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Gospel of Thomas and the Synoptic Gospels

March 21, 2012

I’ve just previewed a forthcoming book that mounts an impressive case for the view that The Gospel of Thomas reflects acquaintance with (and reaction to) the Synoptic Gospels (Matthew, Mark, Luke): Mark Goodacre, Thomas and the Gospels: The Case for Thomas’s Familiarity with the Synoptics (Eerdmans, forthcoming 2012).

Goodacre is known in NT circles, especially for his measured and firm advocacy of the view that the similarities in material shared by Matthew and Luke can be accounted for by positing dependence of Luke on Matthew, thus “dispensing with Q” (the sayings-source more widely regarded as the better explanation for this shared material). He occasionally refers to his “Q-skeptic” view, but it’s neither intrusive nor really significant for the issue that he addresses in this book.

Step by step, Goodacre considers several types of data that he offers as evidence that GThomas presupposes the Synoptics. He addresses verbatim agreements of GThomas and the Synoptics, what he calls “Synoptic shards” (indications of identifiably distinctive features of Synoptic Gospels taken over into GThomas), more extended indications of redactional features of Matthew and Luke in GThomas, and (offering an observation not to my knowledge made previously) what Goodacre calls “the missing middle” of Synoptic units in GThomas. These essentially are instances where a parable or other saying in GThomas seems to be an abbreviated version of a more complete version found in the Synoptics.

There is also an insightful chapter on modern scholarly fascination with (and, Goodacre alleges cogently, sometimes simplistic treatment of) ancient “orality”. His point is that GThomas isn’t a product of “orality”, but reflects an interest in writing and reading of its contents. Goodacre also proposes a second-century setting in which GThomas likely first emerged.

One of the features that I like about the book is Goodacre’s emphasis on, and use of, the early (albeit fragmentary) Greek manuscripts of GThomas. With Goodacre, I too have often been puzzled that scholarly discussion of GThomas (especially by advocates of its importance and early date) has typically been conducted with scant reference to this Greek evidence. A commendable exception is Richard Valantasis, The Gospel of Thomas (London: Routledge, 1997).

I judge Goodacre’s case very thorough, measured and persuasive. As he emphasizes, this by no means renders GThomas insignificant. It remains an exceptionally interesting early Christian writing. All the more reason to seek to place it accurately in time, situation, and relationship to other key texts such as the Synoptics.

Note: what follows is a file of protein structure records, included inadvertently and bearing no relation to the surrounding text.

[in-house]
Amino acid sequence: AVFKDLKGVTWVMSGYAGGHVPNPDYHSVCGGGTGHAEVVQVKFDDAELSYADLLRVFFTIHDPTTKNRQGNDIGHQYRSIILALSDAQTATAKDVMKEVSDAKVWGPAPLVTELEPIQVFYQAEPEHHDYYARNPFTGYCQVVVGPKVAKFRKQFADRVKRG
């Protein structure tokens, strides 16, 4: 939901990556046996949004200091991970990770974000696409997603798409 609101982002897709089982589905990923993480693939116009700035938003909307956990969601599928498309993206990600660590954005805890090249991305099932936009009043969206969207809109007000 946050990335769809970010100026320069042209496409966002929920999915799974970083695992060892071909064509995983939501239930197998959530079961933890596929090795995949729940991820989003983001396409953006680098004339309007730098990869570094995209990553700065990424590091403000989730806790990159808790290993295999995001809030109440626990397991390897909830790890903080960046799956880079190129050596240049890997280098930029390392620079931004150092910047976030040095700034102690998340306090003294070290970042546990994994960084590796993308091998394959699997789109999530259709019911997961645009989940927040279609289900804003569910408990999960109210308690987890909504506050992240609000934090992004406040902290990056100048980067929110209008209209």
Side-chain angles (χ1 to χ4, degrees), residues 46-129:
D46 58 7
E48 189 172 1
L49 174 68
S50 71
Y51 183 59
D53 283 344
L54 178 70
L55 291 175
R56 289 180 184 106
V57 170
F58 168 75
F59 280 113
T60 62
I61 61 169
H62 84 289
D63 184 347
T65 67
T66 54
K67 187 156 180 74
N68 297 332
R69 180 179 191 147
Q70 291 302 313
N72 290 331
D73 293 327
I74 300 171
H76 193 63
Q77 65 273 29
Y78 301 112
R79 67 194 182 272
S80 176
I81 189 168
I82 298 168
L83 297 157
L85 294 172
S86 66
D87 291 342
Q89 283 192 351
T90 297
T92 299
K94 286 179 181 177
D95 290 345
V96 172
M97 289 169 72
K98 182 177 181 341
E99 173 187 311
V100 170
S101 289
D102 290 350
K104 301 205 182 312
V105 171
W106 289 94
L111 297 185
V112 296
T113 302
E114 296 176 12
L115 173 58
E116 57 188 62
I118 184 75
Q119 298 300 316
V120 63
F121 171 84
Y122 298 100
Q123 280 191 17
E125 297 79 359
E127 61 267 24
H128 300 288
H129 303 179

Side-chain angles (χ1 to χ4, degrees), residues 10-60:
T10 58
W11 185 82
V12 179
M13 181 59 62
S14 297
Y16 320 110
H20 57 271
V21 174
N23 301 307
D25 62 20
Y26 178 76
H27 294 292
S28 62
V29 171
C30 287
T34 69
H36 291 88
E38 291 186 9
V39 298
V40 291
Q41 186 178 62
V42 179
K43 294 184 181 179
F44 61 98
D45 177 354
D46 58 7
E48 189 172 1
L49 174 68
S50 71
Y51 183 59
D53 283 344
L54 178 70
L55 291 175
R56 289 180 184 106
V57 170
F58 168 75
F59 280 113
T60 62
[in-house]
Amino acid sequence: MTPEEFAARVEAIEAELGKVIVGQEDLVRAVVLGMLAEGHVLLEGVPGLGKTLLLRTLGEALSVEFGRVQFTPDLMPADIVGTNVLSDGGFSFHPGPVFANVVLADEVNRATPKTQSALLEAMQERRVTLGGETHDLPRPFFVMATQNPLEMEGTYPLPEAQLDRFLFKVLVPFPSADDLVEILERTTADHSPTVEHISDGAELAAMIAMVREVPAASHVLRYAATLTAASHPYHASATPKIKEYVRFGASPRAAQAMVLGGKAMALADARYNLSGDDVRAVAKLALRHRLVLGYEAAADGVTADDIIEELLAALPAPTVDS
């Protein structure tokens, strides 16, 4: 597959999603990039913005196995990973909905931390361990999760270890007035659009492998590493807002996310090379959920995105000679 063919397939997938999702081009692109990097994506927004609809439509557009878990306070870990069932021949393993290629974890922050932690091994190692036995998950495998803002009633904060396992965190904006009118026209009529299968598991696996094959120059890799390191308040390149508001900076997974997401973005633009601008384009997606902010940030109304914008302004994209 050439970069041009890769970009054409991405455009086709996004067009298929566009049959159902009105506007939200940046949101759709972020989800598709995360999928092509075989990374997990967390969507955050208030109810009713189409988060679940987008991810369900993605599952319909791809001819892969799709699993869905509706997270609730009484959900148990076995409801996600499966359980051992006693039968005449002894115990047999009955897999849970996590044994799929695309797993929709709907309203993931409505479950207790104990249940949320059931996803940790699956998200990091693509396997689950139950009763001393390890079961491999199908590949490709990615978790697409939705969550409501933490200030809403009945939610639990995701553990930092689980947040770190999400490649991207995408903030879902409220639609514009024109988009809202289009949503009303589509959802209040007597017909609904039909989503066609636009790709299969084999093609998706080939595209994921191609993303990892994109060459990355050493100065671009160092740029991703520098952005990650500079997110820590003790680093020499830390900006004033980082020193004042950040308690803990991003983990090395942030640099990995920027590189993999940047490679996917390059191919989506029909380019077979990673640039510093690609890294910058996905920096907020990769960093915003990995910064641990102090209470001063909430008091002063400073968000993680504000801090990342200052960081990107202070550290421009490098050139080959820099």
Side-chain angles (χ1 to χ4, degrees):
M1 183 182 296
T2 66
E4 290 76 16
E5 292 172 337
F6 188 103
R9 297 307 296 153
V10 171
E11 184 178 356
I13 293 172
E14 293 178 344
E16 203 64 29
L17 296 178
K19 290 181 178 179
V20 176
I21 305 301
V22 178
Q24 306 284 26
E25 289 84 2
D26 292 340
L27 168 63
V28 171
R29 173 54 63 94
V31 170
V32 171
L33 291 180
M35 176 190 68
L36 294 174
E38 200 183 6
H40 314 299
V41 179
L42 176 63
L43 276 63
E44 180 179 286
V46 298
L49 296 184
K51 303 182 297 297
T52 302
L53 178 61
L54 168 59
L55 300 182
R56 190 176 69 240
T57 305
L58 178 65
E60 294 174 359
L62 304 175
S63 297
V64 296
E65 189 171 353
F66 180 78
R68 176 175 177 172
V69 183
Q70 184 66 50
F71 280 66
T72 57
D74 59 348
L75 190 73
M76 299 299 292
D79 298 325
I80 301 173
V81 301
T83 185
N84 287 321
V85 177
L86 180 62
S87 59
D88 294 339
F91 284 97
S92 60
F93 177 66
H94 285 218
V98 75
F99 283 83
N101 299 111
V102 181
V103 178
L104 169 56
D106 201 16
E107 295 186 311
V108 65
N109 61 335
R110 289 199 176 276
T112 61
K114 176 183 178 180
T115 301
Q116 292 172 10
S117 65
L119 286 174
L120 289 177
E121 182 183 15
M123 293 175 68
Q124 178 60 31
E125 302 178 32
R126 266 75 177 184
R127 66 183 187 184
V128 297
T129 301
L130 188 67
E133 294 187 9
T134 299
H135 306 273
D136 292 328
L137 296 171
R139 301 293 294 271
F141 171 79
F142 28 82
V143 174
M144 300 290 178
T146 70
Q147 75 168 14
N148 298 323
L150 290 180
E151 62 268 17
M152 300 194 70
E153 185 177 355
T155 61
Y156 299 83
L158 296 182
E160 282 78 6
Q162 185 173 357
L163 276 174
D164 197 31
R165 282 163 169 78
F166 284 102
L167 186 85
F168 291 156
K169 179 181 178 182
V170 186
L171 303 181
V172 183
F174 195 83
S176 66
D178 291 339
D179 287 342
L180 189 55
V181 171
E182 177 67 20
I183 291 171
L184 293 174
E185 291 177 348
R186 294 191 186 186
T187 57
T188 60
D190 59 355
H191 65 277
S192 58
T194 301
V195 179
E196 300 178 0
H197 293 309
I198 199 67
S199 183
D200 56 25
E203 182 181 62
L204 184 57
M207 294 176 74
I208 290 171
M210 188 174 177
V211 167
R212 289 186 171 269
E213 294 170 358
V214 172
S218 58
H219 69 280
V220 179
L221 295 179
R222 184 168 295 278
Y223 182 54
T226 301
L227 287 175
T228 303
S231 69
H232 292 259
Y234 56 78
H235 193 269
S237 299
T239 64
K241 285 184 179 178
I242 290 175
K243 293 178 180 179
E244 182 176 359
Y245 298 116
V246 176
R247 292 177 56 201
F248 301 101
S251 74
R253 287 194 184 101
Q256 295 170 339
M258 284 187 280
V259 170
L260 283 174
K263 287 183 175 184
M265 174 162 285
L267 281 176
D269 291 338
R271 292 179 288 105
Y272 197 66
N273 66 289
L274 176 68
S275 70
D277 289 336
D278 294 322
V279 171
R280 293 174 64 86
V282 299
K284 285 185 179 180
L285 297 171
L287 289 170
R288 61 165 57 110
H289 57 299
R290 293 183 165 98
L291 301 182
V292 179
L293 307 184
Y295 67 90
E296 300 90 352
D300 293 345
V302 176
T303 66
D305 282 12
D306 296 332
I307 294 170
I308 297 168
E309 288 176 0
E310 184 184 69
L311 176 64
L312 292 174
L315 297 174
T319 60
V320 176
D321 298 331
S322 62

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6 Comments
  1. Now I am feeling inspired to read the Gospel of Thomas before hunting down Goodacre’s new book. For that matter, I better read his Synoptic Problem work as well. I have a feeling that would have been very useful to me as an undergrad exploring the bewildering world of gospel studies.

  2. John Moles permalink

    I hope this doesn’t mean that your ‘preview’ will form a ‘preview’ ‘puff’ on the back jacket. I have always regarded this as a corrupt practice (widely practised, of course, in Classics as well as New Testament studies) and have always declined when publishers have asked me to agree to such ‘pre-puffs’. Book are published; they are then reviewed. That is the right sequence.

    • I’m afraid, John, that endorsements of books by scholars is a regular feature of academic publishing, esp. in North America, only latterly in the UK. It’s a cultural difference (that is, if you grant that there is a culture in North America!) I can only respond with the assurance that I do actually read the proofs that I agree to consider, and that I have then declined to endorse a few books.

  3. Thanks so much, Larry, for your comments. I am delighted that you found the case persuasive, and I think you summarize it very well.

  4. Bobby Garringer permalink

    As a non-scholar and a preacher, I read Robert Grant’s Secret Sayings of Jesus, in the 1960s.

    I have, since, lost the book, but recall that Grant was very clear on Thomas’ dependence on the Gospels, and was very balanced in his treatment of the Synoptic Problem.

    The book made a deep impression on me, so I’ve been surprised at the assertions made about the importance of Thomas as an independent source for the life of Jesus.

    I’ve got a feeling, Goodacre’s book could do the younger generations a lot of good if it will be read.

  5. jessedstone permalink

    Thanks for the summary and review, Dr. Hurtado. Goodacre’s new book will have to be on my summer reading list this year.

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